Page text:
The Dollar Retreats From a 9-month High

Despite the continued spread of the Delta coronavirus type, the safe-haven dollar fell from more-than-nine-month highs against key peers on Monday, as a rebound in Asian stocks lifted the mood.

The dollar index, which measures the currency against six rivals, fell 0.19 percent to 93.311 on Monday. This was after reaching a high of 93.734 on Friday for the first time since November 4. The decision came as equities recovered across the region. Base metals prices rising on expectations of improved demand after China, the world’s largest metals user, reported no new locally transmitted COVID-19 cases for the first time since July. Wall Street’s better finish on Friday bolstered enthusiasm as well.

Following significant drops last week, commodity-linked currencies such as the Australian and Canadian dollars led the recovery versus the US dollar. After touching a nine-and-a-half-month low of $0.71065 on Friday, the Australian dollar climbed 0.29 percent to $0.71575.

The US dollar fell 0.25 percent against the Canadian dollar to C$1.2776. At the end of last week, it reached an eight-month high of C$1.2949. Bitcoin, the leading cryptocurrency, surpassed $50,000 for the first time since mid-May. It was the last, trading 2.06 percent higher at $50,333.24.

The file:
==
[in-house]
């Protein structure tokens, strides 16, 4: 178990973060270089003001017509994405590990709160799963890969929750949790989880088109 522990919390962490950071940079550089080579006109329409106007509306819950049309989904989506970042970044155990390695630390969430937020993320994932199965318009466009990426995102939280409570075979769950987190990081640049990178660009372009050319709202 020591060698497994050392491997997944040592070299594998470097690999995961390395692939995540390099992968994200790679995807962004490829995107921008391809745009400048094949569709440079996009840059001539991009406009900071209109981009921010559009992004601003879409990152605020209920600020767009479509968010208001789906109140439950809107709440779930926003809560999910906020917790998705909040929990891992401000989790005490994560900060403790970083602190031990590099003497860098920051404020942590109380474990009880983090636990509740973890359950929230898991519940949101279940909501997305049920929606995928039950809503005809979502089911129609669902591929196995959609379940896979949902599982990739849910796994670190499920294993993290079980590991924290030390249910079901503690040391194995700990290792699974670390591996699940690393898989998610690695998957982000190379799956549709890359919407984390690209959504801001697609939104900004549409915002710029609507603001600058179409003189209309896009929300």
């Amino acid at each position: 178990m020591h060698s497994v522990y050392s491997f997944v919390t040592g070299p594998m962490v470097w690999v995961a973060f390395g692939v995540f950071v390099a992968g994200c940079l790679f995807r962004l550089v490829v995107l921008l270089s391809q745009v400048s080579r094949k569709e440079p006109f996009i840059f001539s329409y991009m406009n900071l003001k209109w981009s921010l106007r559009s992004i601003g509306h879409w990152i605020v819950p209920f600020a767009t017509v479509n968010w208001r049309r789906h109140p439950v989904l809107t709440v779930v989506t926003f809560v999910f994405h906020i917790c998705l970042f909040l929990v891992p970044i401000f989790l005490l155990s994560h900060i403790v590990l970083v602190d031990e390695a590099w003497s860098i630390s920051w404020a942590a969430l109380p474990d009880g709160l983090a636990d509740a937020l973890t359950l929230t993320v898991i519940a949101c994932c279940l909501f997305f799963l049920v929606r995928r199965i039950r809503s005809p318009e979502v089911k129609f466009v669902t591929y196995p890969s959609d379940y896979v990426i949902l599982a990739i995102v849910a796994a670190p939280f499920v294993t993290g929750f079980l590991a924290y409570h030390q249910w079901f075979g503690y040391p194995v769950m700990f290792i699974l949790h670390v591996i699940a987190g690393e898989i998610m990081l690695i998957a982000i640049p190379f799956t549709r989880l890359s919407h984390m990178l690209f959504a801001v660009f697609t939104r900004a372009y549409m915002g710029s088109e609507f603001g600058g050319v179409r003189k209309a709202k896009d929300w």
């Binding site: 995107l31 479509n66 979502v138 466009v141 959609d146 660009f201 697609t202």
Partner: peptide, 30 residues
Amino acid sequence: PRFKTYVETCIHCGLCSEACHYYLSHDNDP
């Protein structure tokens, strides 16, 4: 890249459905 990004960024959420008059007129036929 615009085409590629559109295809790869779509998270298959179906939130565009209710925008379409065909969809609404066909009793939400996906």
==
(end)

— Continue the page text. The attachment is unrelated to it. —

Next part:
Delta variant threatens

This month, the dollar has benefited from a flight to safety as a surge in the rapidly spreading Delta variant threatens to derail a global economic recovery.

COVID- The Fed shifted its annual Jackson Hole, Wyoming conference to an online format. It will take place this Friday, prompting doubts about the central bank’s more significant evaluation of the Delta variant’s economic impact.

Fed Chair Jerome Powell delivers a speech on the economic outlook at the event, which will be closely scrutinized by traders looking for insights on the timing and speed of monetary policy tightening.


The New Zealand kiwi remained flat at $0.68385, close to the nine-and-a-half-month low of $0.6807 recorded on Friday, with the country under lockdown due to a Delta epidemic. Meanwhile, over 60% of Australia’s 25 million population is under lockdown, with infection rates at an all-time high.

South Korea and Vietnam have also increased or tightened restrictions. Meanwhile, Japan changed policy by tripling COVID-19 tests as daily new infections reached an all-time high on Friday. Another haven, the yen, was practically steady at 109.85 per dollar. It stabilized in the middle of its trading range over the previous month and a half.

The euro rose 0.18 percent to $1.17195, up from a nine 1/2-month low of $1.1664.

Sterling rose 0.18 percent to $1.36475, up from $1.3602 at the end of last week.

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